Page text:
The 2007 celebration gala for NAMI (National Alliance on Mental Illness) was held last night in Washington, DC. "Unmasking Mental Illness" has been the name/theme for this newly annual event (the first was held in 2005) and attendance and enthusiasm continues to rise with each passing year. Gathering with others to celebrate the achievements, triumphs and research opportunities to advance understanding of mental illness and remove its stigma is a fantastic example of the progress being made to declare the severity of mental illness and increase accessibility to treatment.
"Unmasking Mental Illness" is the perfect name for this event, hitting the mark on the work being done by NAMI through various programs and partnerships to change the way mental illness is viewed in America.
Two individuals were acknowledged for their personal dedication in advancing awareness and understanding of mental illness. Special note was first given for advancement in the media to Pete Earley for his book Crazy regarding his son's bipolar disorder, the insurance and hospitalization snarls and the pervasiveness of mental illness in prison populations. Pete Earley then introduced the Mind of America Research Award recipient, A. John Rush, M.D., respected educator, clinician and researcher focusing on the development and testing of mood disorder therapies. Dr. Rush's studies on treatments for depression have advanced the complexity and superiority of psychiatric research, resulting in bettering treatment options for illness management. Dr. Rush has authored 470 papers and chapters as well as 10 books. I not only wanted to clap, but stand up on my chair and cheer!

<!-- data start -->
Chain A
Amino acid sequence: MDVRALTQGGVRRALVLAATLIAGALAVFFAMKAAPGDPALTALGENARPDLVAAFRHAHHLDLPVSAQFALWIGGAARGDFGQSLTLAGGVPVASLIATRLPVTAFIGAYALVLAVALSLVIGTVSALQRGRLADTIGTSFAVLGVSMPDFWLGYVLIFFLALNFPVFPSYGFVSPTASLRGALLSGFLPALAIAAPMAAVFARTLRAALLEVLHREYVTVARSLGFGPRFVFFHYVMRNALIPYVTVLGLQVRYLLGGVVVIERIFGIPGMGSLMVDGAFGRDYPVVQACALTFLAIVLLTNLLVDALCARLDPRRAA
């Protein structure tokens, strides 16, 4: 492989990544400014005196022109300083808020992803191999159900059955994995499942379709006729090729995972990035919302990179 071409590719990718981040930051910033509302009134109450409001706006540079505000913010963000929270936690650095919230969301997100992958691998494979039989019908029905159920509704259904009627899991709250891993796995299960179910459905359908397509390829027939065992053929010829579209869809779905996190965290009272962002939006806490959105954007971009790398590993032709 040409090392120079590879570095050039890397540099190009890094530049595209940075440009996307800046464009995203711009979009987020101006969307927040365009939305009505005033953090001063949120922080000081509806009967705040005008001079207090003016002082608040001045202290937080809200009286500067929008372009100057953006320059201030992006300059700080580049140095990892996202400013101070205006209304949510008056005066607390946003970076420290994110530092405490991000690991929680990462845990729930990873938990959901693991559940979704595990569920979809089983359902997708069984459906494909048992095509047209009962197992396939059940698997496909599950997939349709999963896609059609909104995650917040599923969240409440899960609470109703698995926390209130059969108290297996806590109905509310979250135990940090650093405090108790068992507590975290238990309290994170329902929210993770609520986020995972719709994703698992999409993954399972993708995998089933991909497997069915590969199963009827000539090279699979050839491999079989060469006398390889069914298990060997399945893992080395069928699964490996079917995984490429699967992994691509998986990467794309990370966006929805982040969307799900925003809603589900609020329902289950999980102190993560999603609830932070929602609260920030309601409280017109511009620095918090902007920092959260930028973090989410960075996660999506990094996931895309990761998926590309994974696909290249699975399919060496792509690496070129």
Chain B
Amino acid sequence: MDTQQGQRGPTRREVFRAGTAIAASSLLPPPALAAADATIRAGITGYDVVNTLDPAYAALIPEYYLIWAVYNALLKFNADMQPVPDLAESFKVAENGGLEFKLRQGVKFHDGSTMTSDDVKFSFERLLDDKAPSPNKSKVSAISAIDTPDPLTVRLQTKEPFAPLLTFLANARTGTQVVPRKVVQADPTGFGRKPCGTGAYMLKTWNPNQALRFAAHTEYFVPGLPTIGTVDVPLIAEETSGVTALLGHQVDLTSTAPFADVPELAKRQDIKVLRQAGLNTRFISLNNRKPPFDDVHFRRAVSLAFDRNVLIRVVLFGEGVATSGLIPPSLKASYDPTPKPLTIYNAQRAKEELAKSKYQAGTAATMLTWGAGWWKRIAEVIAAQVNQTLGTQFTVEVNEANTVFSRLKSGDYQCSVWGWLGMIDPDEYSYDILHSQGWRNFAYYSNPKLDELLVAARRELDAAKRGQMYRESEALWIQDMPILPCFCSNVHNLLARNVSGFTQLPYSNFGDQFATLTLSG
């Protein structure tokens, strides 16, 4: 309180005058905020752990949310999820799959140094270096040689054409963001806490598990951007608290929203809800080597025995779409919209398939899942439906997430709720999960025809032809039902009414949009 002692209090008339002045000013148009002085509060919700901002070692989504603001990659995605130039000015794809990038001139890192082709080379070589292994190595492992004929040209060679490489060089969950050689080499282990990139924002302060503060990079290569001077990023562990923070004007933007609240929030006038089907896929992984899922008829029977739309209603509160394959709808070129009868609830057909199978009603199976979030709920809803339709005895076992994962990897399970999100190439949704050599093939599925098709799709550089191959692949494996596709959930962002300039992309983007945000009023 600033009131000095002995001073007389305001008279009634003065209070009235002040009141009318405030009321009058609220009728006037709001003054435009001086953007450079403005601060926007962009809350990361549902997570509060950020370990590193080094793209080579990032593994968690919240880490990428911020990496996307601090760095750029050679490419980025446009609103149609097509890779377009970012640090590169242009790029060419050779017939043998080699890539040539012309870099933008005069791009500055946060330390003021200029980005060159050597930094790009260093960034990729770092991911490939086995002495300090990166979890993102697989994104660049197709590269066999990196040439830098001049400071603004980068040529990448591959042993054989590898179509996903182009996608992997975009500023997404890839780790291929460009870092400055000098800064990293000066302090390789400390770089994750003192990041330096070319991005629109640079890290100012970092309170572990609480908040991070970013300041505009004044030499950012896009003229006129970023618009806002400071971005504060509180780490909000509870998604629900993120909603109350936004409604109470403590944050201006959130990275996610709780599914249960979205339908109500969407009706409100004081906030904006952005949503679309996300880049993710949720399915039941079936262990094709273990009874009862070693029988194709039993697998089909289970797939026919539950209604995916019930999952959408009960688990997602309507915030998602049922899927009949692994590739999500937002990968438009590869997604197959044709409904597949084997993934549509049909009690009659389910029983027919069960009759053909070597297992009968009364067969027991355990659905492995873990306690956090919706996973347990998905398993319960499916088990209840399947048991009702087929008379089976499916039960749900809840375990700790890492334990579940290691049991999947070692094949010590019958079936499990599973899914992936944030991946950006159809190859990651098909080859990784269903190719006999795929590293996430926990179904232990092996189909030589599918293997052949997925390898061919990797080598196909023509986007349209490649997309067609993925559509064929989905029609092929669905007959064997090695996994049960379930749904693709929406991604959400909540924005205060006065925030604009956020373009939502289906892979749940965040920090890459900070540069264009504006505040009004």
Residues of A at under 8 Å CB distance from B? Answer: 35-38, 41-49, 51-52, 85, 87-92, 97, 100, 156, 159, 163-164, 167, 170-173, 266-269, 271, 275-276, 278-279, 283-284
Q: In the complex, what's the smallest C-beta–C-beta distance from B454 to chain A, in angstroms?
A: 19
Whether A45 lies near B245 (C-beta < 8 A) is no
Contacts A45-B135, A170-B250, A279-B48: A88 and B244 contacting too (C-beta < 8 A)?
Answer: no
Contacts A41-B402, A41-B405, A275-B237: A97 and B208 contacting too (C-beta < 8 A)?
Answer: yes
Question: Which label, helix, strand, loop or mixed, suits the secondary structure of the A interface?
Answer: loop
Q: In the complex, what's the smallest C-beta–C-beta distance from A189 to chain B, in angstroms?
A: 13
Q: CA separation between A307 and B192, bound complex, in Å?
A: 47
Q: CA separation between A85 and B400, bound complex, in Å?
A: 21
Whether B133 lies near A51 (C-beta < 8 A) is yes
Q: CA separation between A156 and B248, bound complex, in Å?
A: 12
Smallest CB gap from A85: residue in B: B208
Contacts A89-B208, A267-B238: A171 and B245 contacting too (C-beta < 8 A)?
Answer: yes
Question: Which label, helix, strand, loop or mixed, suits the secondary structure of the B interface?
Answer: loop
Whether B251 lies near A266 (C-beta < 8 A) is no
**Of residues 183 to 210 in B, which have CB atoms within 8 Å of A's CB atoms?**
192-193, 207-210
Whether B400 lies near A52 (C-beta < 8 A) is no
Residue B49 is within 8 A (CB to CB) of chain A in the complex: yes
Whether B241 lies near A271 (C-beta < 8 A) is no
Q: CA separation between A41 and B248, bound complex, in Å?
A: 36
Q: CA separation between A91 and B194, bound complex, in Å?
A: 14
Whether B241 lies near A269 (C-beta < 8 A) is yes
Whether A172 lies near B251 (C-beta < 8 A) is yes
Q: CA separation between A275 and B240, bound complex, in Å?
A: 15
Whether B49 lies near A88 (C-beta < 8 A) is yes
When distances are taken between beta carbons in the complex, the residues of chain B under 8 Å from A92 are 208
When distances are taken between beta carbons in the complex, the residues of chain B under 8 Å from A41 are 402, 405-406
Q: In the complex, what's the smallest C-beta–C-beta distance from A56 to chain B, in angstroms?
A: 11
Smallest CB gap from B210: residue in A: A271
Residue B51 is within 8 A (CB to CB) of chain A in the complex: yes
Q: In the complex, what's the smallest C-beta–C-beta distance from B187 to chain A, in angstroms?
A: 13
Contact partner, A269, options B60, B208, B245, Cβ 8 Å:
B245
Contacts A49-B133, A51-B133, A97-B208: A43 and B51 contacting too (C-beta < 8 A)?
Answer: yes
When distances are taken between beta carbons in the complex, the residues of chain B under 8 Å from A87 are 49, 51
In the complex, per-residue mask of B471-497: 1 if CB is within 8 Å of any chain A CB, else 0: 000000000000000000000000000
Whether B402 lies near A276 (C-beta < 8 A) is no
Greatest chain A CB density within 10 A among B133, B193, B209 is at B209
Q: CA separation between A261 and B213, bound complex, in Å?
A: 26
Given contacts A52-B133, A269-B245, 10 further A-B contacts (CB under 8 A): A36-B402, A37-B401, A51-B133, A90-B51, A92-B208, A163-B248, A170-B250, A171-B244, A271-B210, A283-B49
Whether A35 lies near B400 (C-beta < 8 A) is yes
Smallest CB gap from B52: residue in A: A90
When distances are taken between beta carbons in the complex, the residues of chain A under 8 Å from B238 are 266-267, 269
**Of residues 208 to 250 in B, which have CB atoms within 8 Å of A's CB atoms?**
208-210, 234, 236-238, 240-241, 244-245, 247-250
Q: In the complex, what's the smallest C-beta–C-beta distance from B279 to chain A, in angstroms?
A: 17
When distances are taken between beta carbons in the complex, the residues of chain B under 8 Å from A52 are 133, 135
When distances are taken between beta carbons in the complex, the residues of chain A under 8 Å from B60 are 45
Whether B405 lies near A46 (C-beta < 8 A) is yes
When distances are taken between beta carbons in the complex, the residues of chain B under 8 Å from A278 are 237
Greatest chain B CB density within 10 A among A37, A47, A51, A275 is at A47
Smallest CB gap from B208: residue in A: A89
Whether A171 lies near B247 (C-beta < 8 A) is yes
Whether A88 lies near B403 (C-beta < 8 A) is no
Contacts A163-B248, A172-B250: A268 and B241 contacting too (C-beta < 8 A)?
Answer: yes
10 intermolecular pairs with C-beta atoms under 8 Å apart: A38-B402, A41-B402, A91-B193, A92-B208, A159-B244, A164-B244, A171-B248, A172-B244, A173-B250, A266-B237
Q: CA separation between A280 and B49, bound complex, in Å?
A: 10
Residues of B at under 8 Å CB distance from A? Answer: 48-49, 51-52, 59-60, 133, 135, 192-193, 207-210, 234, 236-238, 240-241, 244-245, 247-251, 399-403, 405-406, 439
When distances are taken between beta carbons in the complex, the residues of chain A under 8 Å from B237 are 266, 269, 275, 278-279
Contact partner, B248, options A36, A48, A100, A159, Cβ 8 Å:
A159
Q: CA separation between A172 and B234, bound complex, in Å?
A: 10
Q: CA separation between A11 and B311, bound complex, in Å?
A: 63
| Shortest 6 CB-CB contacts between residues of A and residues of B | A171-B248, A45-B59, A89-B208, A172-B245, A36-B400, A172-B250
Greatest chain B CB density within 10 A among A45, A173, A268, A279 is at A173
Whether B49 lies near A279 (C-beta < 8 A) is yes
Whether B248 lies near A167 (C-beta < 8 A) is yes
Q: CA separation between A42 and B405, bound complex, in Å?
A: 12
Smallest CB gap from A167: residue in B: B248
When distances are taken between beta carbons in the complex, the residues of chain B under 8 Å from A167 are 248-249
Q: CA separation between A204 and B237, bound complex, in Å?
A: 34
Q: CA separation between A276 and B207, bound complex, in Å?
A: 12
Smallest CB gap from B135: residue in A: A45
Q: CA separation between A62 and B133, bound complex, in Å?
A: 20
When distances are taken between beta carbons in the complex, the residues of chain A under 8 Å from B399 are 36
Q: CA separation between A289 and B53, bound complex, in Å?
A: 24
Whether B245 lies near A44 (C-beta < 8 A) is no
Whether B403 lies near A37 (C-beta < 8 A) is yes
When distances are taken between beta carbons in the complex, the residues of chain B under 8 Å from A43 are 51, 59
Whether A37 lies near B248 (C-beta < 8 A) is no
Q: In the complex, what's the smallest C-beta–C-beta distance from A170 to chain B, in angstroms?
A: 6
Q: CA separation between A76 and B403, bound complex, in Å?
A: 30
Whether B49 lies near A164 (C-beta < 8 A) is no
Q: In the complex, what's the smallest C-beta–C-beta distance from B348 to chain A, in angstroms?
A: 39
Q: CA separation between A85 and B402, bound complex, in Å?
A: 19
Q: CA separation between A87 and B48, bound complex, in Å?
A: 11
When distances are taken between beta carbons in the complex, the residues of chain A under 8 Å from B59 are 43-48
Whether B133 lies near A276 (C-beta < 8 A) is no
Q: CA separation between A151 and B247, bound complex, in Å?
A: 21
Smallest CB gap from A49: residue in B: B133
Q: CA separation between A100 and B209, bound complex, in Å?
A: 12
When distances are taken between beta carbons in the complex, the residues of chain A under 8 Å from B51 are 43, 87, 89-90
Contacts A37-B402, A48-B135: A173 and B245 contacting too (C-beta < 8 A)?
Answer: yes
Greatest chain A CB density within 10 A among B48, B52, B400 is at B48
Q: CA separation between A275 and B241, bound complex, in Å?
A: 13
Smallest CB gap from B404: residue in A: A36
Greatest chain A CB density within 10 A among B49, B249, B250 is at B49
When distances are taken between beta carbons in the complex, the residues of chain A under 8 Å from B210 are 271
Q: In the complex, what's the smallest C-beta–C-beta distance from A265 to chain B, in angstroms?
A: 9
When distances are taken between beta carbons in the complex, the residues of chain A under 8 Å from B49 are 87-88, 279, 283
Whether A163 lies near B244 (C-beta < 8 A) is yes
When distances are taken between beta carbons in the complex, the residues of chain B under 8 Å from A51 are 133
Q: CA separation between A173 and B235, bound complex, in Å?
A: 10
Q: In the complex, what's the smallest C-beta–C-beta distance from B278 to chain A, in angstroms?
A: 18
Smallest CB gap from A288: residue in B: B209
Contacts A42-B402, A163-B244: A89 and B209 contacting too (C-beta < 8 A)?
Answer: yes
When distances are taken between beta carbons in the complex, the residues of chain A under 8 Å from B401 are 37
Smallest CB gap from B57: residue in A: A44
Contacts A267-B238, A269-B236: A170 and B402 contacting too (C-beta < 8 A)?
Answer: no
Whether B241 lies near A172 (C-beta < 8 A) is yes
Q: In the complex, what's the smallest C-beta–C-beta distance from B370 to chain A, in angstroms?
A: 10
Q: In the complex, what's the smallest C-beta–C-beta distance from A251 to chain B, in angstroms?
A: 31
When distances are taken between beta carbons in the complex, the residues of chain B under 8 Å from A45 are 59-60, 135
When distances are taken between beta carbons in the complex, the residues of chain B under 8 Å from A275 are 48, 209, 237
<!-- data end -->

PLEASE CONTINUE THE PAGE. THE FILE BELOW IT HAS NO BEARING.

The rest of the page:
The opportunity to be in a room of over 325 people sharing the same ideology about mental illness is tremendous to experience. There is no reason to shy away from talking about mental illness openly with a person you just met sitting next to you. There is no judgment and no rolling of the eyes. Rather, there is safety and surety that mental illness is taken seriously.
I began to notice that each speaker extended their esteem and compassion for those who struggle daily to triumph through and manage their mental illnesses. Hearing the words resonating throughout the auditorium that mental illness is a severe illness and see all the heads nodding in agreement was just remarkable. It had the effect of soothing the frustrations I encounter with this type of illness. I again experienced the relief of knowing we are not alone: the relief that advocacy is being done, research is being done, those with mental illness are prevailing and thriving, and that mental illness will not be shut away behind a door so no one has to look at it.
Another highlight of the evening was the announcement that the Senate recently passed The Mental Health Parity Act of 2007 (legislation requiring insurance companies to provide equal treatment for mental illnesses as they do for all other illnesses). This was followed by great applause for the long-awaited breakthrough. The Mental Health Parity Act of 2007 awaits passage in the House before going to President Bush for signing such parity into law. (NAMI's advocacy and research has played a significant role for the expansion, awareness, and promotion of this bill.)